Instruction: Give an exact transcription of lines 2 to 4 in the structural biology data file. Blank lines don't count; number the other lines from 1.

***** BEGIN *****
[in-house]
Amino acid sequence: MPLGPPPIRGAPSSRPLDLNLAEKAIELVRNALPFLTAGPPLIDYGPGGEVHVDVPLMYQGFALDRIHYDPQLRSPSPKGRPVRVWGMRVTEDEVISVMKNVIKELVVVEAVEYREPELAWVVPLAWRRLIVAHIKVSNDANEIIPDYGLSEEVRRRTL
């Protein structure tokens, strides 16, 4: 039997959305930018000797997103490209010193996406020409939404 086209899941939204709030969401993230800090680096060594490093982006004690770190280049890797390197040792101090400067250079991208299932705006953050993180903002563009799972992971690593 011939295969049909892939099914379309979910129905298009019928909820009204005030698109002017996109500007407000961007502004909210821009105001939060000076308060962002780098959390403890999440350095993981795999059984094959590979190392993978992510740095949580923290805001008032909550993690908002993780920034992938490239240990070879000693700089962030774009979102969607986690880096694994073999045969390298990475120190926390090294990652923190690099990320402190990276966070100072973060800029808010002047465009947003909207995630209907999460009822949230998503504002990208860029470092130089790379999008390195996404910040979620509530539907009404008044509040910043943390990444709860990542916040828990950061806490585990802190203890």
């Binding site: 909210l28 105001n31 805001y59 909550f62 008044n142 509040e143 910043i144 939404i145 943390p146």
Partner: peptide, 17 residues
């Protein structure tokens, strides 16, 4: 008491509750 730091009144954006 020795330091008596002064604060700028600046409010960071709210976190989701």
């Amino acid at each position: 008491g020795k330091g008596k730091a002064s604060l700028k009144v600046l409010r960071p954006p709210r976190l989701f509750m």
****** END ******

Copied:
Amino acid sequence: MPLGPPPIRGAPSSRPLDLNLAEKAIELVRNALPFLTAGPPLIDYGPGGEVHVDVPLMYQGFALDRIHYDPQLRSPSPKGRPVRVWGMRVTEDEVISVMKNVIKELVVVEAVEYREPELAWVVPLAWRRLIVAHIKVSNDANEIIPDYGLSEEVRRRTL
């Protein structure tokens, strides 16, 4: 039997959305930018000797997103490209010193996406020409939404 086209899941939204709030969401993230800090680096060594490093982006004690770190280049890797390197040792101090400067250079991208299932705006953050993180903002563009799972992971690593 011939295969049909892939099914379309979910129905298009019928909820009204005030698109002017996109500007407000961007502004909210821009105001939060000076308060962002780098959390403890999440350095993981795999059984094959590979190392993978992510740095949580923290805001008032909550993690908002993780920034992938490239240990070879000693700089962030774009979102969607986690880096694994073999045969390298990475120190926390090294990652923190690099990320402190990276966070100072973060800029808010002047465009947003909207995630209907999460009822949230998503504002990208860029470092130089790379999008390195996404910040979620509530539907009404008044509040910043943390990444709860990542916040828990950061806490585990802190203890």
């Binding site: 909210l28 105001n31 805001y59 909550f62 008044n142 509040e143 910043i144 939404i145 943390p146």